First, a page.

Adapted for the stage by Charley Sherman
Based on the novel, Legion by William Peter Blatty
Directed by Anne Adams
Produced by WildClaw Theatre
At the Viaduct Theatre, Chicago
Mystery tale of supernatural demons fizzles
The folks at WildClaw Theatre need to see how Lifeline Theatre or City Lit Theatre deftly adapts a novel for the stage since they reduce a mystery novel to its essence without diminishing the integral suspense elements. Charley Sherman’s rambling, unfocused adaptation of Blatty’s Legion never creates enough urgency nor sense of horror to sustain our interest for the 2 hour and 30 minute play.
To create a scary atmosphere more is needed that a gloomy music intro and underscoring. A tightly focused quick pace together with a razor-sharp plot with just enough narrative and character development are sure fire ingredients for a suspenseful story. Add smart acting and split-second timing and you have the elements to scare the hell out of an audience.
Unfortunately, Legion has little or none of the above rendering the work as a plodding mess. Besides being too long, Legion was a momentum breaking 15 minute intermission. Successful mysteries usually build the dramatic tension to its climax in a tight 90/100 minute or so one act.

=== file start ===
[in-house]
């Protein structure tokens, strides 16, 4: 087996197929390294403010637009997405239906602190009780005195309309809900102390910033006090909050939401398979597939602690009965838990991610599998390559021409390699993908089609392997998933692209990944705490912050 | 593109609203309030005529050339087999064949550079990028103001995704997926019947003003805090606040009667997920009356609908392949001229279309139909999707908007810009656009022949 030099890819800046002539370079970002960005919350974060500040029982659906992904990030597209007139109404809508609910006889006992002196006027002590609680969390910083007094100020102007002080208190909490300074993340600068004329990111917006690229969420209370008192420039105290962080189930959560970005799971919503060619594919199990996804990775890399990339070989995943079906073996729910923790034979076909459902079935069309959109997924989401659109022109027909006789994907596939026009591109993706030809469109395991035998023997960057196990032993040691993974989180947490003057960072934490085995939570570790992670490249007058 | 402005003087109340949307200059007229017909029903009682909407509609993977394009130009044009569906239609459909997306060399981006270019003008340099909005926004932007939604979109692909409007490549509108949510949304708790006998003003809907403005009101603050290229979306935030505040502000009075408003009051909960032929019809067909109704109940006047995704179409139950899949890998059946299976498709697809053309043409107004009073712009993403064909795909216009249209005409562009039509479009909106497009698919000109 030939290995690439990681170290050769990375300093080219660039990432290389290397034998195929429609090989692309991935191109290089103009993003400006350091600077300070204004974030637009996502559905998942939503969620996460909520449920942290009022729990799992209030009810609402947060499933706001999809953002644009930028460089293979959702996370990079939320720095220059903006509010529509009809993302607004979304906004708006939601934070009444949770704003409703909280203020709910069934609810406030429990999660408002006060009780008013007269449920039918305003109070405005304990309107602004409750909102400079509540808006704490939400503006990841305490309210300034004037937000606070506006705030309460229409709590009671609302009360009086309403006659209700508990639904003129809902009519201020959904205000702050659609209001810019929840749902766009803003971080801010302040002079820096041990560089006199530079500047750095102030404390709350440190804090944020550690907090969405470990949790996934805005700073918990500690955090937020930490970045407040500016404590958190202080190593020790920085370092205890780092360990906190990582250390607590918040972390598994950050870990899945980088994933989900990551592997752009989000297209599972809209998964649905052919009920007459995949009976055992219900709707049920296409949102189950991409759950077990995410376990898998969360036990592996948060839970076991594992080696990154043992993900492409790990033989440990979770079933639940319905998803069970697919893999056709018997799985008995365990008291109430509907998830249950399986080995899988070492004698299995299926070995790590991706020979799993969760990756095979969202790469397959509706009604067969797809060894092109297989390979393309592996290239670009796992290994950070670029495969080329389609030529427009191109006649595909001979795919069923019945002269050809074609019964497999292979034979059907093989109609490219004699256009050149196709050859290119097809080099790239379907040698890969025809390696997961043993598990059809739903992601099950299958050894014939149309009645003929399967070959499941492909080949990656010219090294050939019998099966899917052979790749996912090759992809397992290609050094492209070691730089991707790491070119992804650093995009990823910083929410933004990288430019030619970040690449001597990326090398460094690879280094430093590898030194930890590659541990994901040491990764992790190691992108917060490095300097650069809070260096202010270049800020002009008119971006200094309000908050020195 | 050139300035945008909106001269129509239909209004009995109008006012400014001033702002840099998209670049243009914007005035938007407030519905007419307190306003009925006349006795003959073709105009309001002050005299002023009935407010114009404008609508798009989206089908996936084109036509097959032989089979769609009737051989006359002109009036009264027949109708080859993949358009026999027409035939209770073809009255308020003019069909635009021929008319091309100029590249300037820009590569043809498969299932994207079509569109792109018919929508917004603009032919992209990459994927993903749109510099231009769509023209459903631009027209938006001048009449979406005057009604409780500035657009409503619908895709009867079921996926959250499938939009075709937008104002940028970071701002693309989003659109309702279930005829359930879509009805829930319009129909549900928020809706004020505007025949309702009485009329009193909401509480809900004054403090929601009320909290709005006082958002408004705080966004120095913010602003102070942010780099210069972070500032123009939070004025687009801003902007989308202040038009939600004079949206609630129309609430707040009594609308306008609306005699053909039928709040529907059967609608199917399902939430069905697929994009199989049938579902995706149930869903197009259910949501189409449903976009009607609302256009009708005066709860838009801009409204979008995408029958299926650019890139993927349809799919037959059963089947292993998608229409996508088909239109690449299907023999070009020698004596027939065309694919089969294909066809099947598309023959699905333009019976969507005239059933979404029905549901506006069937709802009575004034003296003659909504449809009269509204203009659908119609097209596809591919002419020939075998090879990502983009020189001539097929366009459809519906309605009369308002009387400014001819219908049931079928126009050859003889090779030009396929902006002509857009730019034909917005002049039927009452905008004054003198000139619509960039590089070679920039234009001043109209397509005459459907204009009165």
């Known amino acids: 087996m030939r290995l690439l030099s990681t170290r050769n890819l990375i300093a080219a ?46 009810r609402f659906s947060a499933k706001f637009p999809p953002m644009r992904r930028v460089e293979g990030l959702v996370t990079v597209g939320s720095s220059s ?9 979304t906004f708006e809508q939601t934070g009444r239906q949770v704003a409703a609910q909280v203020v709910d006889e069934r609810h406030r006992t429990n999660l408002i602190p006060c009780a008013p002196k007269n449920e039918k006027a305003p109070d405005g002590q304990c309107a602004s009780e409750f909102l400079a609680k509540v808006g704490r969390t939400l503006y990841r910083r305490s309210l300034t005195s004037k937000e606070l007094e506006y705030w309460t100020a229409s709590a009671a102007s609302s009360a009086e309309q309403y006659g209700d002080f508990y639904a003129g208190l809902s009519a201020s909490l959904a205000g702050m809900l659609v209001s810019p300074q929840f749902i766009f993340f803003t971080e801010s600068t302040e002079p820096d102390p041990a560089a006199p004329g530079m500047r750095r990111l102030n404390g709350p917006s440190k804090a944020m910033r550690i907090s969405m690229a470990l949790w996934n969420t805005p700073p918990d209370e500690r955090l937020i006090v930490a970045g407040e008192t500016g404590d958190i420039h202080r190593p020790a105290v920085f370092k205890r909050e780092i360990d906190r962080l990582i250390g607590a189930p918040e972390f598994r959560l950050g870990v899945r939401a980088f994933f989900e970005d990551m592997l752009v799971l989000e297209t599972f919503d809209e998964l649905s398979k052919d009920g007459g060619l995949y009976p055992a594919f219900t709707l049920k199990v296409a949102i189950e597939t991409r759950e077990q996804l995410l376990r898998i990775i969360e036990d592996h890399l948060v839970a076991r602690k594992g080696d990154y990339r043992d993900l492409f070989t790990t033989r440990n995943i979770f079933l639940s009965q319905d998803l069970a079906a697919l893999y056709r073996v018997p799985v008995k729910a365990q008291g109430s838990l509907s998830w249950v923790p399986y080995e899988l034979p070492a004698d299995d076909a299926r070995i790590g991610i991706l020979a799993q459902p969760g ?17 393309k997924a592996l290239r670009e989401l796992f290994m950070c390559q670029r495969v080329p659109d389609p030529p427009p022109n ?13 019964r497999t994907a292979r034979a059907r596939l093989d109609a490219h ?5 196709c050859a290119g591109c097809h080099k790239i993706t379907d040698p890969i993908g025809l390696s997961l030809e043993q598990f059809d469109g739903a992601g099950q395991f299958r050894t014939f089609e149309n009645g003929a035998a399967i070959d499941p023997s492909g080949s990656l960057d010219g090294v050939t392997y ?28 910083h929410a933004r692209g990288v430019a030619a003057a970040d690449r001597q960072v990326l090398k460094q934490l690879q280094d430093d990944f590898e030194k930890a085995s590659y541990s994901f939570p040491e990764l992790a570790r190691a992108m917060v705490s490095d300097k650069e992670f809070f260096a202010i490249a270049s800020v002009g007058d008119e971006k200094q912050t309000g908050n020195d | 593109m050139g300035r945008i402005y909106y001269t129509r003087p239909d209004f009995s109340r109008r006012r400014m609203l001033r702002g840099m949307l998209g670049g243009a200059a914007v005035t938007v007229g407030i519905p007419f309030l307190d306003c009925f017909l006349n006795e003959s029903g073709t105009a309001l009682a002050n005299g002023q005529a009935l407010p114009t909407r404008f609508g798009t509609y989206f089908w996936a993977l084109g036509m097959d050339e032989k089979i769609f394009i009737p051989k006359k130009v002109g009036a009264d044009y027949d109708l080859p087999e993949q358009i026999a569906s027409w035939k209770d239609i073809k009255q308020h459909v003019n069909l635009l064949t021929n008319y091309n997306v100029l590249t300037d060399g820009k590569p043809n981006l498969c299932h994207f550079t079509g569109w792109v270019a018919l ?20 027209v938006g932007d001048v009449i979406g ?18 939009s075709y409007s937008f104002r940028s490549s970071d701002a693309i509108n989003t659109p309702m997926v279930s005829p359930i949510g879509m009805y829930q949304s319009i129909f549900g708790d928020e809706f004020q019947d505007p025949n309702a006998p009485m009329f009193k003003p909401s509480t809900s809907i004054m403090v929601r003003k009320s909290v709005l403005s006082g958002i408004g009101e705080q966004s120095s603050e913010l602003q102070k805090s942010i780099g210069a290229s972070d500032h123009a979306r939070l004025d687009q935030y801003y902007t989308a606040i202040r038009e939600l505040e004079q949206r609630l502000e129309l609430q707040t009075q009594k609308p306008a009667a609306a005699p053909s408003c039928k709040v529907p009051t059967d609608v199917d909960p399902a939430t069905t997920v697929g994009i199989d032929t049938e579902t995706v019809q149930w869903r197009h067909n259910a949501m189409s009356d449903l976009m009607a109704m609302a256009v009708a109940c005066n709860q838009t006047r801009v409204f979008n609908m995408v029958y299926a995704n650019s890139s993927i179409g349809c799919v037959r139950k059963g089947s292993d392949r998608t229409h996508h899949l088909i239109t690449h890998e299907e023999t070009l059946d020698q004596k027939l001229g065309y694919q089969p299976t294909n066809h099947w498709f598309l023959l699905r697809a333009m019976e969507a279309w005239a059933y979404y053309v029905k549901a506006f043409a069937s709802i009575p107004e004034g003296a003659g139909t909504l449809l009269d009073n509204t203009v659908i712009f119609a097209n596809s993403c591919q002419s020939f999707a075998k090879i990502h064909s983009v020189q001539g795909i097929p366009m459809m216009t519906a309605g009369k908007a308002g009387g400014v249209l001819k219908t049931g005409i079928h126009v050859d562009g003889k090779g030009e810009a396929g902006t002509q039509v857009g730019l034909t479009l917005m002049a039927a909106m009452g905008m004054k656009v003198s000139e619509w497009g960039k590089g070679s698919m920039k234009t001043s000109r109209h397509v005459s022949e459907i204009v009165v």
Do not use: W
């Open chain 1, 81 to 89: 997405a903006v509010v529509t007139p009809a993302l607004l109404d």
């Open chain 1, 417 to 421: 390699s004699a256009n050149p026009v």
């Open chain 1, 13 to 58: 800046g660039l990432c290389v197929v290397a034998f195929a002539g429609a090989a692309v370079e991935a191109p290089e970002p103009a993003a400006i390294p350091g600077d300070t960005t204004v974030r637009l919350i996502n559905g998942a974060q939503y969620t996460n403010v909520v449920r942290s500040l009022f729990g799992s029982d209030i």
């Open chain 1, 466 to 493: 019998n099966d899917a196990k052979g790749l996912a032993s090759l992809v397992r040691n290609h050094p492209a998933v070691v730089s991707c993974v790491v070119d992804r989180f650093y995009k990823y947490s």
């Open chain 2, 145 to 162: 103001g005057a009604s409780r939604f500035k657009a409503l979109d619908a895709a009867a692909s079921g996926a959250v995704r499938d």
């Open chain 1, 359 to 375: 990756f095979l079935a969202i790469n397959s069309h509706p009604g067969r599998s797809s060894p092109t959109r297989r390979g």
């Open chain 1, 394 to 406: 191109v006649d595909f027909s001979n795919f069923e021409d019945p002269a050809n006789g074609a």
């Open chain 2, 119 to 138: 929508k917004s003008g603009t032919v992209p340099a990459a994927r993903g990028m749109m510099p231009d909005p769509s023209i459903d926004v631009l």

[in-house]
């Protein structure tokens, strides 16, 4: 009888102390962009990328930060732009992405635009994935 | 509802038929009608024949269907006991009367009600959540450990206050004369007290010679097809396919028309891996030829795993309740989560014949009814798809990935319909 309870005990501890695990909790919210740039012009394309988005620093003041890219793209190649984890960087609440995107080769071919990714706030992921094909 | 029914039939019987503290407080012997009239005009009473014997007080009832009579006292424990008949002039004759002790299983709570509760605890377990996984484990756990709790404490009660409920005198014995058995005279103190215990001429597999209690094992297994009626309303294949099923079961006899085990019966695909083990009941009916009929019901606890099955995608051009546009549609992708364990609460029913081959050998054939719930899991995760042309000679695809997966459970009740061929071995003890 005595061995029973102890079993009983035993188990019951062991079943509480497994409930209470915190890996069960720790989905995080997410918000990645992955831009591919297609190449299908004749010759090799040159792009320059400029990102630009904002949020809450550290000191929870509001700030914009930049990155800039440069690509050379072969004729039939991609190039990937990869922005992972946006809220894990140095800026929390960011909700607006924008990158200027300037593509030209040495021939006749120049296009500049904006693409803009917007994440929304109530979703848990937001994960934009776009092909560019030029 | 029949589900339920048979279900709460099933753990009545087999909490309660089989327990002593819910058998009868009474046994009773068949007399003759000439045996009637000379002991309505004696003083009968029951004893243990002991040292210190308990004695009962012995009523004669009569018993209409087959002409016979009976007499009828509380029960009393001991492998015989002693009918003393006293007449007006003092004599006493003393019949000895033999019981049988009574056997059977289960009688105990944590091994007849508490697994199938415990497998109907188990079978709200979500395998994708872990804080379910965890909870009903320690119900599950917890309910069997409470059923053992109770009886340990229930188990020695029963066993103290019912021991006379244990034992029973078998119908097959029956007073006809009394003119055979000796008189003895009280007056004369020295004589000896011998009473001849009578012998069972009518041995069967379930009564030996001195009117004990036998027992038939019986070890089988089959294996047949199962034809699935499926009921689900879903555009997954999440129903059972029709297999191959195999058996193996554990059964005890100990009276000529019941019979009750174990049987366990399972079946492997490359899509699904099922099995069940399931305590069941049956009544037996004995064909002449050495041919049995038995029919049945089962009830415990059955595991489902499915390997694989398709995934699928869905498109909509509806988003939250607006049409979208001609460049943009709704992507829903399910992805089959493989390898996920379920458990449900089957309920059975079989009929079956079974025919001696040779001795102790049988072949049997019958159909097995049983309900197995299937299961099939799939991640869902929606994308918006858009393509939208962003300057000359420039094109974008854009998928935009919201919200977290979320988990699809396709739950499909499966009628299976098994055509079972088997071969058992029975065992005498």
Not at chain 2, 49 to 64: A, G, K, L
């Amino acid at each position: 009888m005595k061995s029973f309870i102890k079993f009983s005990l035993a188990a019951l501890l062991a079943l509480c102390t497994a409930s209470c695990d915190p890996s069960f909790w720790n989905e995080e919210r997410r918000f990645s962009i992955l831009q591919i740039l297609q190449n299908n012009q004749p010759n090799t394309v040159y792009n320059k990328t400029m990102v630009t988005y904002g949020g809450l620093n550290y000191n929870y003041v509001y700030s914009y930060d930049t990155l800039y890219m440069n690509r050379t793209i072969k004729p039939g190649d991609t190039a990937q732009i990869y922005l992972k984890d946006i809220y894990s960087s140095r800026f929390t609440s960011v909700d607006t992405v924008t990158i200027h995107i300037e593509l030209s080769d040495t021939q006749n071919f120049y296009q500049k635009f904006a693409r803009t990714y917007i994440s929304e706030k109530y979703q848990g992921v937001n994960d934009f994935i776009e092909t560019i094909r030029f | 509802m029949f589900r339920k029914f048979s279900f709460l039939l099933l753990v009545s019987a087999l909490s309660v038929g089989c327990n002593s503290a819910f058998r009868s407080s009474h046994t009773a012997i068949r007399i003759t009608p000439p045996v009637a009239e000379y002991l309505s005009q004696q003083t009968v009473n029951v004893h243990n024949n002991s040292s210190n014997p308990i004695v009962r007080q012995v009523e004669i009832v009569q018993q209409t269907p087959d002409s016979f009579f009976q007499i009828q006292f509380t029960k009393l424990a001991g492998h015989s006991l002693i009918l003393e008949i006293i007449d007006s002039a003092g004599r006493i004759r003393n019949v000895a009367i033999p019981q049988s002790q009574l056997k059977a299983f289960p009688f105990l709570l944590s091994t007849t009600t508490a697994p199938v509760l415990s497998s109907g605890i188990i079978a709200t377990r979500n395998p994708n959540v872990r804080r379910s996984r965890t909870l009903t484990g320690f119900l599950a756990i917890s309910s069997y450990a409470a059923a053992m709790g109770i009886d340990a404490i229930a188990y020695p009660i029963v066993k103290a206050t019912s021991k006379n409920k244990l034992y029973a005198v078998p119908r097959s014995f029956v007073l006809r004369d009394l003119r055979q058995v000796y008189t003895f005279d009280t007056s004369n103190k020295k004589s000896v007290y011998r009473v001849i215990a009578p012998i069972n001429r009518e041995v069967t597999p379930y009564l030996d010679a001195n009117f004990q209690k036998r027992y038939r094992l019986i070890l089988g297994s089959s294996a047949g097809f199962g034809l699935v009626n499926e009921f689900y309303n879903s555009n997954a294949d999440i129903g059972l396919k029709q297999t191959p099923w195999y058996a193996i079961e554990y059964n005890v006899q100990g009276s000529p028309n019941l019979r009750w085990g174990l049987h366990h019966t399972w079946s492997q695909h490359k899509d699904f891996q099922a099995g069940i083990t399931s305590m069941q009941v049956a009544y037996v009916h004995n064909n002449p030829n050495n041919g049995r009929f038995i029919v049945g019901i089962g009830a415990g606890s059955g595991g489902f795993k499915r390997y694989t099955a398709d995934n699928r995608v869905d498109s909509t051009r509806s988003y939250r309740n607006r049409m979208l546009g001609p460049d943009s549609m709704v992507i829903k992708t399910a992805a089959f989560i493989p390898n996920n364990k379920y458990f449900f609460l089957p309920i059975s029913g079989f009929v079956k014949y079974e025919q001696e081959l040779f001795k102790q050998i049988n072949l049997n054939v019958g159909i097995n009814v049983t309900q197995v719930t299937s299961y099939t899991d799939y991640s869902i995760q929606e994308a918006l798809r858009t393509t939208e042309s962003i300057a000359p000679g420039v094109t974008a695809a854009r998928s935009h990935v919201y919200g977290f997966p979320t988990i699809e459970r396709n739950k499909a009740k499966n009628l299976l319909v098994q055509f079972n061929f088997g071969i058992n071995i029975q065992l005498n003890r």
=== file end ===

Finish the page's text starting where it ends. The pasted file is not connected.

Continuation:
The early scenes of act one doomed the show for me as we meet the amazingly uninteresting, mumble-mouthed police detective, Lieutenant Kinderman. Len Bajenski is totally miscast as Kinderman. His Southside Chicago accent together with his mumbling and sing-song delivery killed many of his witty lines. Bajenski stumbled through his lines with numerous flubs. His lack of charisma and poor elocution hurt the production especially when he rambled on with a few monologues. The Lieutenant is faced with a series of grisly murders resembling the work of a dead serial killer. It takes until act two to get us to meet Damien or Sunlight – the essence of true evil nicely played to the hilt by the terrific Scott T. Barsotti.
Unfortunately, by the time we get to the mysterious elements we are confused and worn out. The work need massive cuts and the recasting of several roles to have a chance. Many of the short scenes left me wondering: “What was that about?” This is supposed to be a supernatural thriller with loads of horror to scare us. It only bored us. This work needs to be re-thought and re-imagined. As now presented, it collapses under its own weight.
At the Viaduct Theatre, 3111 N. Western,Chicago, IL, tickets $10 – $20,Thursdays thru Saturdays at 7:30, Sundays at 3 pm, running time is 2 hours, 30 minutes with intermission, through April 18, 2010